“It is much more difficult, however, to reorganize a brain than it is to organize it in the first place. ‘Organization inhibits reorganization,’ say the scientists. Carving out neuronal tracks for certain types of learning is best accomplished when the synapses for that particular skill are most malleable, before they ‘firm up’ around certain types of responses.”  
Healy p. 53
Significantly, young children may not be ready for the skills being taught, which can cause the growing brain to develop inefficiently.
“Before brain regions are myelinated, they do not operate efficiently.  For this reason, trying to ‘make’ children master academic skills for which they do not have the requisite maturation may result in mixed-up patterns of learning.  As we have seen, the essence of functional plasticity is that any kind of learning--reading, math, spelling, handwriting, etc.--may be accomplished by any of several systems. Natureally, we want children to plug each piece of learning into the best system for that particular job.  If the right one isn’t yet available or working smoothly, however, forcing may create a functional organization in which less adaptive, ‘lower' systems are trained to do the work.”  
Healy p. 67
Delaying formal academics, far from being a sign of neglect, allows young children to learn what is neurologically appropriate for them at the time they are developmentally ready.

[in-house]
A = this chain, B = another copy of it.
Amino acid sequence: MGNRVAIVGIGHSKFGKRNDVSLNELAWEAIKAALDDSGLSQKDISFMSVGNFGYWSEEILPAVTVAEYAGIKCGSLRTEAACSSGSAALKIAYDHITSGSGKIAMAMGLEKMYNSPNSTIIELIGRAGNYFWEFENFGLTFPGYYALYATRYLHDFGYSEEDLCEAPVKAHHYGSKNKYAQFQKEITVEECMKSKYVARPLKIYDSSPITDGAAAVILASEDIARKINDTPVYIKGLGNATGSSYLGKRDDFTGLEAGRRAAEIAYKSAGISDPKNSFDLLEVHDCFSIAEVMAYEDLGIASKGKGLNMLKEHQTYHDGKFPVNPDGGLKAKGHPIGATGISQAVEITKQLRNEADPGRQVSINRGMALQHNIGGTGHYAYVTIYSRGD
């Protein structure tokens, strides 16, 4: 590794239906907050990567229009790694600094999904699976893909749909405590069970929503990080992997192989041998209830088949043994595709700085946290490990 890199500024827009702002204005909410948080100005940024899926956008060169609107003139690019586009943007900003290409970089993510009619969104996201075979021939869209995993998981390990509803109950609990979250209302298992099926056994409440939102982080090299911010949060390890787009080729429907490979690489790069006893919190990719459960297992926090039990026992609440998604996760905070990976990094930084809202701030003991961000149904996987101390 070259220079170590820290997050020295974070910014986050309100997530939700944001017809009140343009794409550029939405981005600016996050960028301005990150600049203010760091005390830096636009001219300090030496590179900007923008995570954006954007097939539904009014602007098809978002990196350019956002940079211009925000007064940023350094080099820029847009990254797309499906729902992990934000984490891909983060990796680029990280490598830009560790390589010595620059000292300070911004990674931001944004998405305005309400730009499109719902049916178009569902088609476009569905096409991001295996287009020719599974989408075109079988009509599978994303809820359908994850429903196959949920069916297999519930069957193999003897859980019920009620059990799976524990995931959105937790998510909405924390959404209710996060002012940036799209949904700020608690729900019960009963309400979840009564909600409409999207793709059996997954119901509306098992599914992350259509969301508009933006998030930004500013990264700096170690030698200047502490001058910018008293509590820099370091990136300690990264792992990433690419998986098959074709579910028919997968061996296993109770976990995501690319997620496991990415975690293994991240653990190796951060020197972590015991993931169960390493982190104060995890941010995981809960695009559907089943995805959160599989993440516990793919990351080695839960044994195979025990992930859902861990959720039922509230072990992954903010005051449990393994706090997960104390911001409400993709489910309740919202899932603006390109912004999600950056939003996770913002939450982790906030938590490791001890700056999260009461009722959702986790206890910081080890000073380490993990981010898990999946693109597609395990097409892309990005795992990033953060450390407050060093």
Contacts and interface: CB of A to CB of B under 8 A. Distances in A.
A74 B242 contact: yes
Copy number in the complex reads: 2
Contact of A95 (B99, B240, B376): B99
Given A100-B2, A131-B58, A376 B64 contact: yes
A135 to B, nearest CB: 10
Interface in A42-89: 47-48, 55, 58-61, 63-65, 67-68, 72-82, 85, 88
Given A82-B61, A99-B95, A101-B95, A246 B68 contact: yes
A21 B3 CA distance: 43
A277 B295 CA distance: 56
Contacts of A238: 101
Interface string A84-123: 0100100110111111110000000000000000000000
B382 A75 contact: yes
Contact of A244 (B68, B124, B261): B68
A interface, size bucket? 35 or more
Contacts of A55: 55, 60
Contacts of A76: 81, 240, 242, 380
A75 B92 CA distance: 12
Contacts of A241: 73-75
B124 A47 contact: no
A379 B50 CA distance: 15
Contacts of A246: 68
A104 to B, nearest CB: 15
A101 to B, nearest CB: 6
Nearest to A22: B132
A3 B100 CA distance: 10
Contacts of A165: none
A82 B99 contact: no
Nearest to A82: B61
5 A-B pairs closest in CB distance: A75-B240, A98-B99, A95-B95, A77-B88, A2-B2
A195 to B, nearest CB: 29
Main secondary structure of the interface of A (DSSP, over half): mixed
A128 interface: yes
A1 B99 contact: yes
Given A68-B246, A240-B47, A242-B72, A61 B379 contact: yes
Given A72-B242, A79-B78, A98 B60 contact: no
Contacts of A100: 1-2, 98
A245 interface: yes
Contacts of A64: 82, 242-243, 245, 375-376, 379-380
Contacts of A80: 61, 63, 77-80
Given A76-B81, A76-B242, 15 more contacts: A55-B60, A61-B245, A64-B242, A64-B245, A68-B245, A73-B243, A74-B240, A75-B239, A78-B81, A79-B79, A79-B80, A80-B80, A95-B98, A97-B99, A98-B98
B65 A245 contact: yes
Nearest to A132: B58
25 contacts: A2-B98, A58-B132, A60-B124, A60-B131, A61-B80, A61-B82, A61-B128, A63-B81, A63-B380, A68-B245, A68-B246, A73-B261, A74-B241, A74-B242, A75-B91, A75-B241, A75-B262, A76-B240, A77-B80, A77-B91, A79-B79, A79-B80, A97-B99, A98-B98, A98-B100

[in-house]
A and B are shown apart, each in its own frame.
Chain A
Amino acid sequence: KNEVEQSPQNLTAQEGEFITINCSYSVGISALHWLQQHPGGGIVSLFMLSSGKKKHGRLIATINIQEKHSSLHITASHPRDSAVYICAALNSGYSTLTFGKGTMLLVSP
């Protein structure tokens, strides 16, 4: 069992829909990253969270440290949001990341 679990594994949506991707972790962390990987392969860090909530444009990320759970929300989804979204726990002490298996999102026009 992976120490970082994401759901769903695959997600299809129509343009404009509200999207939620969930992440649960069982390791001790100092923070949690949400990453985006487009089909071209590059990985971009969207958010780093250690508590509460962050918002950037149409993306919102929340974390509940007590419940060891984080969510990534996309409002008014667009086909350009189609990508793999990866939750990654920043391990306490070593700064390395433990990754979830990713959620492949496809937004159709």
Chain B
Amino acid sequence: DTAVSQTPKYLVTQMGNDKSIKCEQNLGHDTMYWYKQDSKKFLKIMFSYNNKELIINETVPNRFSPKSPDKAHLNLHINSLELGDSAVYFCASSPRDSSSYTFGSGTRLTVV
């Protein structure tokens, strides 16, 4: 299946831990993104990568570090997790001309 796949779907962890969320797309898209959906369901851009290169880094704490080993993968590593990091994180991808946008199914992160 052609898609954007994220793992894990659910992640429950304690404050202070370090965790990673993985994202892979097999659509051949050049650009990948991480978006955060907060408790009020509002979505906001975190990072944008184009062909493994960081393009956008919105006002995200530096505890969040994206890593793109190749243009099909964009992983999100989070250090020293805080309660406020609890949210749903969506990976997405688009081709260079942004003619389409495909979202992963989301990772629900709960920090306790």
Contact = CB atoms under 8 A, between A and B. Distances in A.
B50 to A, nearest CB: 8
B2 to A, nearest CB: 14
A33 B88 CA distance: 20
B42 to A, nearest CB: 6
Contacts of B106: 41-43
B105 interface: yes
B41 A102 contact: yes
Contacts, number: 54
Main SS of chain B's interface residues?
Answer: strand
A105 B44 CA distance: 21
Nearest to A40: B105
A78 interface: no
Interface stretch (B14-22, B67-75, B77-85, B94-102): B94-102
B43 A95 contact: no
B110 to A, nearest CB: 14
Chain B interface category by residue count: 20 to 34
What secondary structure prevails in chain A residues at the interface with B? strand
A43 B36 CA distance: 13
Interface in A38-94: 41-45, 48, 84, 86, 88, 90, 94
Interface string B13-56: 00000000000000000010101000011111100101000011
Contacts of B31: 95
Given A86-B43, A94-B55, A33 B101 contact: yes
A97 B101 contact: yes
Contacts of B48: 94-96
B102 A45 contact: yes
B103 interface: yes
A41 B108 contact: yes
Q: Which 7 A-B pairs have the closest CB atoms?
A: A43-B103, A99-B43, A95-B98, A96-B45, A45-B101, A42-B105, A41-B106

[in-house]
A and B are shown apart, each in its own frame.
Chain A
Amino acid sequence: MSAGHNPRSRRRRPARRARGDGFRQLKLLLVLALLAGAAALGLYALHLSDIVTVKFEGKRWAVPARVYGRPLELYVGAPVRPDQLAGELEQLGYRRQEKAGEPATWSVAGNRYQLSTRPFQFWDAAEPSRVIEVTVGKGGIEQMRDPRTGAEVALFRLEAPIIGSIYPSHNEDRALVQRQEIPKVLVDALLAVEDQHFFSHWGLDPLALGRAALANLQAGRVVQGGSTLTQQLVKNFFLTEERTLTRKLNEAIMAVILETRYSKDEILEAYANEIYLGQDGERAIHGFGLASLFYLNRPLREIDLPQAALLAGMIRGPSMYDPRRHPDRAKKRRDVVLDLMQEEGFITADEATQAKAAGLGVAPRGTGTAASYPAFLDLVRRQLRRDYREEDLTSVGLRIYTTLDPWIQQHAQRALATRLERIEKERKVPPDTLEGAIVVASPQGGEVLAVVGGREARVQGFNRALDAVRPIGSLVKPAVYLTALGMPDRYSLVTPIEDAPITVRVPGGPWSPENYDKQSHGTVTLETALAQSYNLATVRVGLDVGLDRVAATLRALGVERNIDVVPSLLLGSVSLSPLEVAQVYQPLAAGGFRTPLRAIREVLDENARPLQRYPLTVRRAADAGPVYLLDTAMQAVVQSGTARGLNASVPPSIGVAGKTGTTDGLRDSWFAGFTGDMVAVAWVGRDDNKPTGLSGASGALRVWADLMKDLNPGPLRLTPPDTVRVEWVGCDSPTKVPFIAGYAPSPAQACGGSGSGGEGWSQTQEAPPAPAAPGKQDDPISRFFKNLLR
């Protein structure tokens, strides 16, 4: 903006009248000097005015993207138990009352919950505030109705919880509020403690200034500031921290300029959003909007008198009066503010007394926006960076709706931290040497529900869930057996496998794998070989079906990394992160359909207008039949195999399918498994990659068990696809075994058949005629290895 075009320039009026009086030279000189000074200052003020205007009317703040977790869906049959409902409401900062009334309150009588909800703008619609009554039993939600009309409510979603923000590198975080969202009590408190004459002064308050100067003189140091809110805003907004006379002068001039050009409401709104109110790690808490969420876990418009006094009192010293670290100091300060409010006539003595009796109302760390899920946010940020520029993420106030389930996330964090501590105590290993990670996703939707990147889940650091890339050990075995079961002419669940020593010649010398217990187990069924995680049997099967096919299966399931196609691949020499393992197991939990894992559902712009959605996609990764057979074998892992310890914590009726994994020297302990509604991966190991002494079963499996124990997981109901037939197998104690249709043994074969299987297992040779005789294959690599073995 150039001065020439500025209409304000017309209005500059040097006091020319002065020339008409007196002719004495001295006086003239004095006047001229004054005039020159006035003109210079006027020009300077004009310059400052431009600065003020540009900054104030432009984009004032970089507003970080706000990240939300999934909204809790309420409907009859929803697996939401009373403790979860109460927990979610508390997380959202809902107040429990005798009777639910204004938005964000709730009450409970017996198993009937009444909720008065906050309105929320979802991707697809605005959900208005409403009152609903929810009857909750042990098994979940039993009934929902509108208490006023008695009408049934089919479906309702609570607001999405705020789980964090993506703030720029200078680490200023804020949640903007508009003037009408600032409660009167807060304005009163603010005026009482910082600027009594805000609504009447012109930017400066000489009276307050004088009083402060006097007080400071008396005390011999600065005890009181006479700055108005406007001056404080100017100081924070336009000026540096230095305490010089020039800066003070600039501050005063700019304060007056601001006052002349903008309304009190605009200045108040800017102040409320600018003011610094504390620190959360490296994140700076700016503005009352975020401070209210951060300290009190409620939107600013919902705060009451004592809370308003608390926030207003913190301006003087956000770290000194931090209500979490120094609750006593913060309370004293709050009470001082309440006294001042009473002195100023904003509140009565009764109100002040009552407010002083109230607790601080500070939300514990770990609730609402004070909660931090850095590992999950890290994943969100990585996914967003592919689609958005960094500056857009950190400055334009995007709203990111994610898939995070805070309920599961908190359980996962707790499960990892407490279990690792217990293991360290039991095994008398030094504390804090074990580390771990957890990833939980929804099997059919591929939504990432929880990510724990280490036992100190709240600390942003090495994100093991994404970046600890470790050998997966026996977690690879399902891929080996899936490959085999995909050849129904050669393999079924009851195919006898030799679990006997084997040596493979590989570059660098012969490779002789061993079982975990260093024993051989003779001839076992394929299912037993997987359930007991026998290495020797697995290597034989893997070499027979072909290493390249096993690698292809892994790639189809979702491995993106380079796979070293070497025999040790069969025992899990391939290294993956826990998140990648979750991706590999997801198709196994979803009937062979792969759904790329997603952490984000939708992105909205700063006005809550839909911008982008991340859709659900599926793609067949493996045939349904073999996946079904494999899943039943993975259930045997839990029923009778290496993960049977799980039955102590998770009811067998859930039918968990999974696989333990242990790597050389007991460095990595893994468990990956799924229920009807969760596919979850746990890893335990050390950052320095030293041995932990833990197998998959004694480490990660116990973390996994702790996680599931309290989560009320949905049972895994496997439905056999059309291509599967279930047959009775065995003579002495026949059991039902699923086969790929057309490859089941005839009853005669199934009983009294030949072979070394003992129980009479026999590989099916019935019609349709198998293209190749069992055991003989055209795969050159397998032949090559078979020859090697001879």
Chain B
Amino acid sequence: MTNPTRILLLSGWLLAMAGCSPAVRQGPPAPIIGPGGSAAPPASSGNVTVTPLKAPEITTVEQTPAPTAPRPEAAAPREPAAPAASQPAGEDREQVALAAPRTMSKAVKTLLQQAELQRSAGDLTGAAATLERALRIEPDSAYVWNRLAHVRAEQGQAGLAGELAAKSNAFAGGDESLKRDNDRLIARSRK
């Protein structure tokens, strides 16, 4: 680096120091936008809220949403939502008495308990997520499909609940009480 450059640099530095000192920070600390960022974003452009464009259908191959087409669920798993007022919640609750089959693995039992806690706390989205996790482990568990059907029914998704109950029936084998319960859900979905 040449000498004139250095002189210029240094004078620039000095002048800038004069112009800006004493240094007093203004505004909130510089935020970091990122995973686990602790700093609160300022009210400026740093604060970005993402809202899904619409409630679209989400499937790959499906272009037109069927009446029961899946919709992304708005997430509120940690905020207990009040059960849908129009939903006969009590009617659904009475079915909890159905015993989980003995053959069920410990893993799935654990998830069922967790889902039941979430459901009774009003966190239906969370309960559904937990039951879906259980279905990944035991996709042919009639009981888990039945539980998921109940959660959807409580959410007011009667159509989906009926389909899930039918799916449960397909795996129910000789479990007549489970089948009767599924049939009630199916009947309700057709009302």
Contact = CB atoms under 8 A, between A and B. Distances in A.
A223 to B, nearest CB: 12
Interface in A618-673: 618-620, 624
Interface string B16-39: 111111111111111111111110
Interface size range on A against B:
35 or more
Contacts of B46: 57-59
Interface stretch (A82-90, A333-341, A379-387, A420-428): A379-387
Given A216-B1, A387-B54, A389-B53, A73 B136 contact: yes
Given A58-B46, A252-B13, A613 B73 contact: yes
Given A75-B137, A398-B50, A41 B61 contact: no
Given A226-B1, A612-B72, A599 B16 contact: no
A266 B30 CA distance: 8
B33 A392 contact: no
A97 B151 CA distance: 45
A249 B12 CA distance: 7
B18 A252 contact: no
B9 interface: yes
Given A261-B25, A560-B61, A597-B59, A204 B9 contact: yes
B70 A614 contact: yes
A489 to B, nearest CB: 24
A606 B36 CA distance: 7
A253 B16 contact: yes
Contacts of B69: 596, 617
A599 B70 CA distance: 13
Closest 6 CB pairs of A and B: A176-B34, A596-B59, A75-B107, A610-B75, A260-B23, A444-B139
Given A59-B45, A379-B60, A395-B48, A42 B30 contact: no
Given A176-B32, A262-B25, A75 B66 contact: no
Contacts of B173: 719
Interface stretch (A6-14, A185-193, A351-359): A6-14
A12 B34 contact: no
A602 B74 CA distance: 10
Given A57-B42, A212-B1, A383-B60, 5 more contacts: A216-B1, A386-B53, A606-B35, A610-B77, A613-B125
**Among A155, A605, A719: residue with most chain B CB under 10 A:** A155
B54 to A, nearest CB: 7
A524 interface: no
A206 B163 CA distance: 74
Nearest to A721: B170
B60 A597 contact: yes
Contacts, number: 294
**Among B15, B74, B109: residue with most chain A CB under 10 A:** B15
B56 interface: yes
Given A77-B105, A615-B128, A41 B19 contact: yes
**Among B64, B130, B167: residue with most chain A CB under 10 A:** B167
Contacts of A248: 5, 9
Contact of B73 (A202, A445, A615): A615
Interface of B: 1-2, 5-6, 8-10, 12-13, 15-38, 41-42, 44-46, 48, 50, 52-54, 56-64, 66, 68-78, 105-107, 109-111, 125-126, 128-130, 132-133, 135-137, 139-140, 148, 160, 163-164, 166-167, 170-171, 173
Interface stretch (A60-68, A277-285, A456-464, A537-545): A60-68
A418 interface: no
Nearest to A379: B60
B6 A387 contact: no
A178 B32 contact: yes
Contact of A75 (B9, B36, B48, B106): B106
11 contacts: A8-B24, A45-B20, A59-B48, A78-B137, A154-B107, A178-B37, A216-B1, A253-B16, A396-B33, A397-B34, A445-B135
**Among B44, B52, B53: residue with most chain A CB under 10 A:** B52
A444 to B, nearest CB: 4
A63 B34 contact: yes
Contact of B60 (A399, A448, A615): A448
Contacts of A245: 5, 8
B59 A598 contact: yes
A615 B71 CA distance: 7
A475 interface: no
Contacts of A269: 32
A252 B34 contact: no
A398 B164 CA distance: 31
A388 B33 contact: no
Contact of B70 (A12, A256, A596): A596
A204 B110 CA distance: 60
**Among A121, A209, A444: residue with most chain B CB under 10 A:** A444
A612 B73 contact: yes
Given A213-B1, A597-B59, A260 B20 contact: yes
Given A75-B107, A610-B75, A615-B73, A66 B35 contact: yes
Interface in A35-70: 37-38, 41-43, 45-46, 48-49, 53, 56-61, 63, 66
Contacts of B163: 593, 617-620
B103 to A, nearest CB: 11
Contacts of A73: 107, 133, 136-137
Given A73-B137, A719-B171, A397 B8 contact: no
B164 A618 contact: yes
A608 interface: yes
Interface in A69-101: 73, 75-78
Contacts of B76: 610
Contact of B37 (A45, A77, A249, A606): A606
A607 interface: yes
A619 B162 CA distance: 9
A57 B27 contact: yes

Jewels of Astonishing Worth - What is a Child? (Series Introduction)

Saturday, September 26, 2015

Jewels of Astonishing Worth Part 2 - Should instruction be left to experts?

Lately, culture here in America has encouraged parents to send their young children to formal programs for preschool and kindergarten.  People assume that trained professionals need to prepare children for school.

Charlotte Mason says parents must direct and instruct rather than defer to professional educators.
“It seems to me that we live in an age of pedagogy; that we of the teaching profession are inclined to take too much upon ourselves, and that parents are ready to yield the responsibility of direction, as well as of actual instruction, more than is wholesome for the children.” 
CM Volume 1 p. 169
She also suggests that parents must learn educational principles and decide how to apply them in their own home, rather than trying to replicate in the home what the schools are doing.
“Though every mother should be a Kindergartnerin, in the sense in which Froebel would employ the term, it does not follow that every nursery should be a regularly organised Kindergarten. Indeed, the machinery of the Kindergarten is no more than a device to ensure the carrying out of certain educational principles, and some of these it is the mother's business to get at, and work out according to Froebel's methods––or her own.”